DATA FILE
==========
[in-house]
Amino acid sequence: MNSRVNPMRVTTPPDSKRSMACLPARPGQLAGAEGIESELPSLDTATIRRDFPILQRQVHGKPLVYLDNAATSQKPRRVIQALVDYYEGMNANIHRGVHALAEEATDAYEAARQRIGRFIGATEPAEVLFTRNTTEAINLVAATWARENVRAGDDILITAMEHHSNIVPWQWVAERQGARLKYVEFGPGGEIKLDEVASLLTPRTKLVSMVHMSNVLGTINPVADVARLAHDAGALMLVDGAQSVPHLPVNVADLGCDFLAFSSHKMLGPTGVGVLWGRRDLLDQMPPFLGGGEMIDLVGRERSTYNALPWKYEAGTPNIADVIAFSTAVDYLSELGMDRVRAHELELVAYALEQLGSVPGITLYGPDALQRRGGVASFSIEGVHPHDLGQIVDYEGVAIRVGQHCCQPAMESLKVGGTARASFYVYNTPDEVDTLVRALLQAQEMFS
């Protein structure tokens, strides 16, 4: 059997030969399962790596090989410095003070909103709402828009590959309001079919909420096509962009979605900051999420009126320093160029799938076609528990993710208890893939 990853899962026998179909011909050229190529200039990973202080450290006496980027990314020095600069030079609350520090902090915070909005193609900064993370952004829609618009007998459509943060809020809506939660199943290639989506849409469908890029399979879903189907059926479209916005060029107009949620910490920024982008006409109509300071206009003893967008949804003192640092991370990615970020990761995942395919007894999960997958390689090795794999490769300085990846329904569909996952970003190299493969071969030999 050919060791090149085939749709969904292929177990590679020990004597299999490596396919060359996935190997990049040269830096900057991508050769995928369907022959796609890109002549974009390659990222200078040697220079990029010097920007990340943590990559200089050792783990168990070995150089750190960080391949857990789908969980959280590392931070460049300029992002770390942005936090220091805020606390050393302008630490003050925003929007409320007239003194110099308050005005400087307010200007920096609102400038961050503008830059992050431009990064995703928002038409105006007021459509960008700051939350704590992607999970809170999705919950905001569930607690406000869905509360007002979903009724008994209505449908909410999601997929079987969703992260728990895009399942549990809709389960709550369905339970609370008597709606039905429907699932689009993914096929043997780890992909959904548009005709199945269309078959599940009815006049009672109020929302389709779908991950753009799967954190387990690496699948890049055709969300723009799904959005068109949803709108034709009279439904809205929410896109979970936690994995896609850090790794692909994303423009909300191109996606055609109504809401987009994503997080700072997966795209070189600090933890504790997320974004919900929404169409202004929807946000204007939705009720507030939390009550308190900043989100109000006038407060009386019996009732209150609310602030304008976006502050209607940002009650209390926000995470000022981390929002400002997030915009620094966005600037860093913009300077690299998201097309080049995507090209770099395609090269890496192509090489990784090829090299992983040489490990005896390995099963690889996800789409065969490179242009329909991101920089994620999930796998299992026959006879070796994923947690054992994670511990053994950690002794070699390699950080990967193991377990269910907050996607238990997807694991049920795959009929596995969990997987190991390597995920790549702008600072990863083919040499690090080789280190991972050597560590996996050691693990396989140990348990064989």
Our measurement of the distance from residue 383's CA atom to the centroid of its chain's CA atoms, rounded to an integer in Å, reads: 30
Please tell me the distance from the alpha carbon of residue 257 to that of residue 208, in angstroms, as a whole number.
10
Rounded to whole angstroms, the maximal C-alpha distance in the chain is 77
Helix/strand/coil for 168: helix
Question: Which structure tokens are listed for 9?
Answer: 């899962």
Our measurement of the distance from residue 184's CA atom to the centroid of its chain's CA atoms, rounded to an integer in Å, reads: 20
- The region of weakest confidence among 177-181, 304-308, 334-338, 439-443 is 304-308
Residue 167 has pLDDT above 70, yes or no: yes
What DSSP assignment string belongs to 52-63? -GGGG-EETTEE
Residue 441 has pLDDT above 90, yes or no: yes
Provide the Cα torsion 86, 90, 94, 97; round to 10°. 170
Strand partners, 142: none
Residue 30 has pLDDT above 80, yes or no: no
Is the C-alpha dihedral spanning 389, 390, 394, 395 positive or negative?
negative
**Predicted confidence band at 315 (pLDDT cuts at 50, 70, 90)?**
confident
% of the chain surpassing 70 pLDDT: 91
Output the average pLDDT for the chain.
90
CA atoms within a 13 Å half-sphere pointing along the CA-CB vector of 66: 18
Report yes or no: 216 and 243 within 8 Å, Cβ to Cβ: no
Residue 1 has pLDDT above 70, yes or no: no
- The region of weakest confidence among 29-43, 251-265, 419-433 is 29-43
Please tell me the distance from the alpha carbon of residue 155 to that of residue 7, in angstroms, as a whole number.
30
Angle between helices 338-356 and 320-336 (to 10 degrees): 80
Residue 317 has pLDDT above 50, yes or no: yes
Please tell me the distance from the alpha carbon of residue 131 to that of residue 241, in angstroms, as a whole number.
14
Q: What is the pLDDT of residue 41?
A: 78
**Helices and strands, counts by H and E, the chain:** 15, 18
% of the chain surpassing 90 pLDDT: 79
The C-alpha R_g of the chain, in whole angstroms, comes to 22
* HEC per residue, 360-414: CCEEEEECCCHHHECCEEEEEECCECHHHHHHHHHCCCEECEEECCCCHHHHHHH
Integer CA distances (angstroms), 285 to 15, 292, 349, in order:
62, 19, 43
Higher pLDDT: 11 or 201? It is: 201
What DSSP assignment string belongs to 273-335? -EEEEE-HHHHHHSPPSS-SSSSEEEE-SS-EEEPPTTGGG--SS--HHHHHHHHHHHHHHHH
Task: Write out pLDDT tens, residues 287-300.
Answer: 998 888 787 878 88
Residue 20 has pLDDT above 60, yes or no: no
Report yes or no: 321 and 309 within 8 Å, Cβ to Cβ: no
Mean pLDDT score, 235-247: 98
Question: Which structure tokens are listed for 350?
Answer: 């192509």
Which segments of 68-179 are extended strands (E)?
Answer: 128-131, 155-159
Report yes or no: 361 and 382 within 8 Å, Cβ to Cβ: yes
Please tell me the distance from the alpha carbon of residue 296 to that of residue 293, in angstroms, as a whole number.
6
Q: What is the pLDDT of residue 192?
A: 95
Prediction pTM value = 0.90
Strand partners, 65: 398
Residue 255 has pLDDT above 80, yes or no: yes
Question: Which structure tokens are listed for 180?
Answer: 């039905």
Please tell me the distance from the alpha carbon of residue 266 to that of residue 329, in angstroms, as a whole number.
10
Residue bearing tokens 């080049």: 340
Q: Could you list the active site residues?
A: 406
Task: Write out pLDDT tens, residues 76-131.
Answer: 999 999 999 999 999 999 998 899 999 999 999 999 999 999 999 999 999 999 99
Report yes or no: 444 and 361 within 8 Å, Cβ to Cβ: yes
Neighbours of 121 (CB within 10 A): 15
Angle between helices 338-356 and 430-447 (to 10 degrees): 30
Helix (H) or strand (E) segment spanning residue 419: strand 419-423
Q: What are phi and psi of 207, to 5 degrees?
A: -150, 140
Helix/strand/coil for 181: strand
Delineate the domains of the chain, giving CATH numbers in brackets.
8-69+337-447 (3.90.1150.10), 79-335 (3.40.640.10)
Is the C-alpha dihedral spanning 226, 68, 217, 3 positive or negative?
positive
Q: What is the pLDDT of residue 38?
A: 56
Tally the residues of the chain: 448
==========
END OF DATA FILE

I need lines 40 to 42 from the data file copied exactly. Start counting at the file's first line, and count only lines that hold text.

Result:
The C-alpha R_g of the chain, in whole angstroms, comes to 22
* HEC per residue, 360-414: CCEEEEECCCHHHECCEEEEEECCECHHHHHHHHHCCCEECEEECCCCHHHHHHH
Integer CA distances (angstroms), 285 to 15, 292, 349, in order: